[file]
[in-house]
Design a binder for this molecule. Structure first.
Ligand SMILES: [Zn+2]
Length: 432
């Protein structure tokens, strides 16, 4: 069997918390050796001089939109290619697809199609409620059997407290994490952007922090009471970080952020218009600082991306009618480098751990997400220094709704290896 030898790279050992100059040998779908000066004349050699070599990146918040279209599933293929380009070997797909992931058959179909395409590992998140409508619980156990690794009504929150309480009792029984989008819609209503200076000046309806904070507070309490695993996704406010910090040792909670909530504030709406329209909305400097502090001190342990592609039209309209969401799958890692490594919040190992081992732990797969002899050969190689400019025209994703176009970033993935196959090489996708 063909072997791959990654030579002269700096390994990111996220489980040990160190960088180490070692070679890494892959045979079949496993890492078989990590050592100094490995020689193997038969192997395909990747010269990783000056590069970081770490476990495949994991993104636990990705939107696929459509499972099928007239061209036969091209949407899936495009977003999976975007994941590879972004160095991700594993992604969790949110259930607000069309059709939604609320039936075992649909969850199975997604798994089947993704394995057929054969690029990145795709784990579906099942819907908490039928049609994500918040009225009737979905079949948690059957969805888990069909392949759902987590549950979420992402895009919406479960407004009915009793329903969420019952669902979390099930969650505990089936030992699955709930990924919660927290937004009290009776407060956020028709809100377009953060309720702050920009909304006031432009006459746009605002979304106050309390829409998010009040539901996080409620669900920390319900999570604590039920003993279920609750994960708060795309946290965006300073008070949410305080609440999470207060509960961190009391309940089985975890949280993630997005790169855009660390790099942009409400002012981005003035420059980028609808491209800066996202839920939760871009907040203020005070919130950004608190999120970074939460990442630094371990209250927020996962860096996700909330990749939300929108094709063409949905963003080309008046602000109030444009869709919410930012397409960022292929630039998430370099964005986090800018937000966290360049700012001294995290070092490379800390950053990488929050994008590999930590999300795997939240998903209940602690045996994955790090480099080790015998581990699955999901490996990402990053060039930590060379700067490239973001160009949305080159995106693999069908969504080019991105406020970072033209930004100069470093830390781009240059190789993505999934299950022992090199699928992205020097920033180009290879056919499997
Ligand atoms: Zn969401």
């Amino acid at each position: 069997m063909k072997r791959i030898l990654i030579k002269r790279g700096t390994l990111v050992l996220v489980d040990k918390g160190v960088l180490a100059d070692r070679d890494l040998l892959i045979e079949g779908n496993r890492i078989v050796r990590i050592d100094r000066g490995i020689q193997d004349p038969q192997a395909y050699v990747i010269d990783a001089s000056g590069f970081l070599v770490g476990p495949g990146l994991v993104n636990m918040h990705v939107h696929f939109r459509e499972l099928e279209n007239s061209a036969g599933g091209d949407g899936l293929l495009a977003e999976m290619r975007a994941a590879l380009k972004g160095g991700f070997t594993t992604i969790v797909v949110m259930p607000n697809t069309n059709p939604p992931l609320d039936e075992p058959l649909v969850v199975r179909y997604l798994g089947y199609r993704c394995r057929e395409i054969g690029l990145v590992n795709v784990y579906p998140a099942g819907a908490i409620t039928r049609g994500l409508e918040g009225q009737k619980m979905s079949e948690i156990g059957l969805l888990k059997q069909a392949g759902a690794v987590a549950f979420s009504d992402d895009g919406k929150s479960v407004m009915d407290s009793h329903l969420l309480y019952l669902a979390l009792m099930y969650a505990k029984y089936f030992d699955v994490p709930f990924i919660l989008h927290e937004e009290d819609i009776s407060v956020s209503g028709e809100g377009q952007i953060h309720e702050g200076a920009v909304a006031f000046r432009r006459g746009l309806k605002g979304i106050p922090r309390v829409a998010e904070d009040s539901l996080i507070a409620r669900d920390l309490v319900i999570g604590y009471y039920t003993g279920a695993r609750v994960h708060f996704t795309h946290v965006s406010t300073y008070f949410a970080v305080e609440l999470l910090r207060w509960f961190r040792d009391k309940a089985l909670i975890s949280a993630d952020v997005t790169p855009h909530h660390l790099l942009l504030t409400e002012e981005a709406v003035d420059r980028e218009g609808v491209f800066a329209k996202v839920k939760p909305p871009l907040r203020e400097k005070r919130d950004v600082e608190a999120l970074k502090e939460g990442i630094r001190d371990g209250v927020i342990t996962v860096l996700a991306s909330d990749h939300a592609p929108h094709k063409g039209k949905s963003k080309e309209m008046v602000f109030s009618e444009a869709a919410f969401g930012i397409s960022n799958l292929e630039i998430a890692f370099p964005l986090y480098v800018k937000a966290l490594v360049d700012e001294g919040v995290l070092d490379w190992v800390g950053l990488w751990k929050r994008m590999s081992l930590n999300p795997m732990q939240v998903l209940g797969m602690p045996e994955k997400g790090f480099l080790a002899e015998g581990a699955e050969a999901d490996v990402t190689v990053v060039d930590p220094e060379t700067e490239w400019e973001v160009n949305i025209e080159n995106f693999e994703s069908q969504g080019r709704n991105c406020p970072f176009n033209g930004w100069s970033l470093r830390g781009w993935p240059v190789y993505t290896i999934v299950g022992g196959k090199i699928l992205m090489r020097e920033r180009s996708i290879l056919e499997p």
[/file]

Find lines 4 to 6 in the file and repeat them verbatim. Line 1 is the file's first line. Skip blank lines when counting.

Length: 432
């Protein structure tokens, strides 16, 4: 069997918390050796001089939109290619697809199609409620059997407290994490952007922090009471970080952020218009600082991306009618480098751990997400220094709704290896 030898790279050992100059040998779908000066004349050699070599990146918040279209599933293929380009070997797909992931058959179909395409590992998140409508619980156990690794009504929150309480009792029984989008819609209503200076000046309806904070507070309490695993996704406010910090040792909670909530504030709406329209909305400097502090001190342990592609039209309209969401799958890692490594919040190992081992732990797969002899050969190689400019025209994703176009970033993935196959090489996708 063909072997791959990654030579002269700096390994990111996220489980040990160190960088180490070692070679890494892959045979079949496993890492078989990590050592100094490995020689193997038969192997395909990747010269990783000056590069970081770490476990495949994991993104636990990705939107696929459509499972099928007239061209036969091209949407899936495009977003999976975007994941590879972004160095991700594993992604969790949110259930607000069309059709939604609320039936075992649909969850199975997604798994089947993704394995057929054969690029990145795709784990579906099942819907908490039928049609994500918040009225009737979905079949948690059957969805888990069909392949759902987590549950979420992402895009919406479960407004009915009793329903969420019952669902979390099930969650505990089936030992699955709930990924919660927290937004009290009776407060956020028709809100377009953060309720702050920009909304006031432009006459746009605002979304106050309390829409998010009040539901996080409620669900920390319900999570604590039920003993279920609750994960708060795309946290965006300073008070949410305080609440999470207060509960961190009391309940089985975890949280993630997005790169855009660390790099942009409400002012981005003035420059980028609808491209800066996202839920939760871009907040203020005070919130950004608190999120970074939460990442630094371990209250927020996962860096996700909330990749939300929108094709063409949905963003080309008046602000109030444009869709919410930012397409960022292929630039998430370099964005986090800018937000966290360049700012001294995290070092490379800390950053990488929050994008590999930590999300795997939240998903209940602690045996994955790090480099080790015998581990699955999901490996990402990053060039930590060379700067490239973001160009949305080159995106693999069908969504080019991105406020970072033209930004100069470093830390781009240059190789993505999934299950022992090199699928992205020097920033180009290879056919499997
Ligand atoms: Zn969401």